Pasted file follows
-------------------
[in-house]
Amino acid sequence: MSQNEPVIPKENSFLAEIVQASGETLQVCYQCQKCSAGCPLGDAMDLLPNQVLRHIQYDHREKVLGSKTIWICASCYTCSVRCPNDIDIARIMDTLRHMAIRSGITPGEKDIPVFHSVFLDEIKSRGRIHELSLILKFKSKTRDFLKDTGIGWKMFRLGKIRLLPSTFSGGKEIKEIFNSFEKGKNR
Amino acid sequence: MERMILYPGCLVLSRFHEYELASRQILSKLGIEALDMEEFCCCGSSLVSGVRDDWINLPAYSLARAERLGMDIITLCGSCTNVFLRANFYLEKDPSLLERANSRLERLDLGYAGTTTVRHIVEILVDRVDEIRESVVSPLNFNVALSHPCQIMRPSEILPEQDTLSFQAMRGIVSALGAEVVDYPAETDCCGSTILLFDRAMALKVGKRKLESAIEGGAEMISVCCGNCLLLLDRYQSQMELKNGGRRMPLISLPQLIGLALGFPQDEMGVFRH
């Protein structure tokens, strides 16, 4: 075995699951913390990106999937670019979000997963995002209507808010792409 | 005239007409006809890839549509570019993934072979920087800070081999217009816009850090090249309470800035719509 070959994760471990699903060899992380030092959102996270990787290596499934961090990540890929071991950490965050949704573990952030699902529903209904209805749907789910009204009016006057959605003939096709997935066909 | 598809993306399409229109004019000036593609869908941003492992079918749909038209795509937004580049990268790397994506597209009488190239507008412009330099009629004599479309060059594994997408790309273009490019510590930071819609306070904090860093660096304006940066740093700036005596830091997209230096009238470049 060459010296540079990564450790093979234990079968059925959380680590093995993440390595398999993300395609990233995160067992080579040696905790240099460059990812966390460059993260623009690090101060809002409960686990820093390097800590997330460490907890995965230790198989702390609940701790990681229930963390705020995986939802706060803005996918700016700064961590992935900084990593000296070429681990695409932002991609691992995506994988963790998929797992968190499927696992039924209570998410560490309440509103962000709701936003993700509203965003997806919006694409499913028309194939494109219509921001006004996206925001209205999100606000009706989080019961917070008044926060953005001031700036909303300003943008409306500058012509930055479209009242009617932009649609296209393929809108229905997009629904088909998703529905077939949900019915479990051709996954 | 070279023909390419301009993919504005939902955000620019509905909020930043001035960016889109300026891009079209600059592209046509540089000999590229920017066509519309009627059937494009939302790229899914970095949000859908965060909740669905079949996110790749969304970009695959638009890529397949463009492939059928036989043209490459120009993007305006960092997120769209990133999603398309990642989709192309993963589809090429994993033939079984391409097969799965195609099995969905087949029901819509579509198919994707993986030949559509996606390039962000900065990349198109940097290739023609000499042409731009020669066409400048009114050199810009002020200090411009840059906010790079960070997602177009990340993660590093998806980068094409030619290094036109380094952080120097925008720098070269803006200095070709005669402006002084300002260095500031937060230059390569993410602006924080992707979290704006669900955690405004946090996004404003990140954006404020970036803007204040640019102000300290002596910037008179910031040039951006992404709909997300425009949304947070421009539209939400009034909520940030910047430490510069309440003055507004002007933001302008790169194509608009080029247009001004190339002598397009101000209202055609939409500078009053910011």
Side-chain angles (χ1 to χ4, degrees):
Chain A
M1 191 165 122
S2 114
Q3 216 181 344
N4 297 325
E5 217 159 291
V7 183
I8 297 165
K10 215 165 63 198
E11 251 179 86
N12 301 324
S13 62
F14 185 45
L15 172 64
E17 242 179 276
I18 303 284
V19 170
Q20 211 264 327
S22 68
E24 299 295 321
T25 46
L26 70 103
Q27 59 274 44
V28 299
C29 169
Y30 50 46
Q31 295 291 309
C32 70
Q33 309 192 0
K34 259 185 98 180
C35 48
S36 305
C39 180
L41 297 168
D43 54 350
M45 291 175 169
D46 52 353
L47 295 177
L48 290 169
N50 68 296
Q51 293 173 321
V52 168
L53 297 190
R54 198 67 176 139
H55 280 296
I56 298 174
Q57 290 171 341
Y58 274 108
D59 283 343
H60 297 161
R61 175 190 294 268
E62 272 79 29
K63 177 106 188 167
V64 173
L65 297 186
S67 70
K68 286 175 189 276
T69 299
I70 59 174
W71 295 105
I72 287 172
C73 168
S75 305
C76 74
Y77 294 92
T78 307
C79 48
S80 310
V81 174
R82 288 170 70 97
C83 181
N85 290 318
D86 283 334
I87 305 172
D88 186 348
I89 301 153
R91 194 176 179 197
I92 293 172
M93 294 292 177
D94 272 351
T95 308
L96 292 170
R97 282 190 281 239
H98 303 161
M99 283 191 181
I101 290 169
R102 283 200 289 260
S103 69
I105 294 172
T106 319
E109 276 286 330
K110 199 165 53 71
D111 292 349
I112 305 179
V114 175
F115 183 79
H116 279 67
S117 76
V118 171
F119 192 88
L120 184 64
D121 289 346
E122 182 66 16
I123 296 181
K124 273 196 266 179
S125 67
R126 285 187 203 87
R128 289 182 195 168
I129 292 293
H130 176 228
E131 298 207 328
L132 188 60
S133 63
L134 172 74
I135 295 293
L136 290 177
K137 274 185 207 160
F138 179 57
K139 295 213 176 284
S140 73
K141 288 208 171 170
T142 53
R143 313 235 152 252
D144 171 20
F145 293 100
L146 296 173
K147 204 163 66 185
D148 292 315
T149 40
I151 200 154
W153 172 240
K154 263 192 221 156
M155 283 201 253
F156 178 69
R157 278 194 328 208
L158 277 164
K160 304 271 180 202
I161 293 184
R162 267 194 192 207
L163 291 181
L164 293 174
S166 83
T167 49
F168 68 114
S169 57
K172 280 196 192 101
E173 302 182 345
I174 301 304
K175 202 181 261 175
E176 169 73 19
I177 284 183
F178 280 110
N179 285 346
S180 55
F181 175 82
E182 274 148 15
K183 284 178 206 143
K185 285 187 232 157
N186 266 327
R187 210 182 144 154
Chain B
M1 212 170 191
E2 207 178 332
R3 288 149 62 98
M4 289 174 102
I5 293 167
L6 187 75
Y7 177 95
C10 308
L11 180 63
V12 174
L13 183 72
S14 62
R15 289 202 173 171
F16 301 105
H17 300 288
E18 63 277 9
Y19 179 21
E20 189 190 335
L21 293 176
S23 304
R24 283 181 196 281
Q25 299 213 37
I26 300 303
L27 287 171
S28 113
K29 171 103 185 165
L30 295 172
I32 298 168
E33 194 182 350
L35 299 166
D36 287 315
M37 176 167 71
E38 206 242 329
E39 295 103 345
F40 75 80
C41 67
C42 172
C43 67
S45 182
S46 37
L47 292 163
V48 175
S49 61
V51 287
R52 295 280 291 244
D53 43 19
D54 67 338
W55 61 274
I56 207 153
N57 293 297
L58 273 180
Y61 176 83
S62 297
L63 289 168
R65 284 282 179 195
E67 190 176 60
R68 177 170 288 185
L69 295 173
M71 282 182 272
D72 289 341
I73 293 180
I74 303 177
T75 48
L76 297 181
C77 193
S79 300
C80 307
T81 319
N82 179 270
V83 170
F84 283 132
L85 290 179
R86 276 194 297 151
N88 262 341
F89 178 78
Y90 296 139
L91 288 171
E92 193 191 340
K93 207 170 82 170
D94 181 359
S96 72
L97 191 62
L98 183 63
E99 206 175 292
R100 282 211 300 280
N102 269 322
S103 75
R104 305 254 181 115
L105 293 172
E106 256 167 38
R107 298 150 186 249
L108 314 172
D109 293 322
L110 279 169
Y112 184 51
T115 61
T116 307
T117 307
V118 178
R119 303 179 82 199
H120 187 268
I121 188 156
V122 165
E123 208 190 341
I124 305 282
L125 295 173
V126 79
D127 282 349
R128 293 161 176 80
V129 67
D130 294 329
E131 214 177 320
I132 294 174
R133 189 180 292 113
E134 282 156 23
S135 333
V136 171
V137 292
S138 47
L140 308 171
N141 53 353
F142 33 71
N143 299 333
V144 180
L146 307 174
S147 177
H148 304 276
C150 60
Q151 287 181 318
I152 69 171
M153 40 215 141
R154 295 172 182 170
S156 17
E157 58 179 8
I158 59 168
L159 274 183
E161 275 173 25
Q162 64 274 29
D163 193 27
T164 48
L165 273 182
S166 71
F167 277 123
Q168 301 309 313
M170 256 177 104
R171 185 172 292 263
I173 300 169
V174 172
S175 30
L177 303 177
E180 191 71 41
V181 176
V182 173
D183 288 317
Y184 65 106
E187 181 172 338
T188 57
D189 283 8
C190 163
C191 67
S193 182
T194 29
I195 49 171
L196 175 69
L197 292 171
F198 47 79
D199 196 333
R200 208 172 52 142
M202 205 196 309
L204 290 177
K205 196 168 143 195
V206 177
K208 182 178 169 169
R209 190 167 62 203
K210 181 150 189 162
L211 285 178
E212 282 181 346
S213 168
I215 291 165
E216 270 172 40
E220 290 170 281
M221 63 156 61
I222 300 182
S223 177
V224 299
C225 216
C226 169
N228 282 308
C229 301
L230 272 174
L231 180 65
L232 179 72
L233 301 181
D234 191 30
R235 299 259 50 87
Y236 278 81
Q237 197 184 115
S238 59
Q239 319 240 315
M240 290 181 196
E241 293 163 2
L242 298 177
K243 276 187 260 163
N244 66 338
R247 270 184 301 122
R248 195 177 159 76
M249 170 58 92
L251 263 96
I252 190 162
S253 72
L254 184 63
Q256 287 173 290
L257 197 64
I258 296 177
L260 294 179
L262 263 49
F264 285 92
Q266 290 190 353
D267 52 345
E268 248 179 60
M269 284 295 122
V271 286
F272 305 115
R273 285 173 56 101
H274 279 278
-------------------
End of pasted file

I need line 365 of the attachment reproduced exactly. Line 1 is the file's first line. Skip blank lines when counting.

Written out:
Q239 319 240 315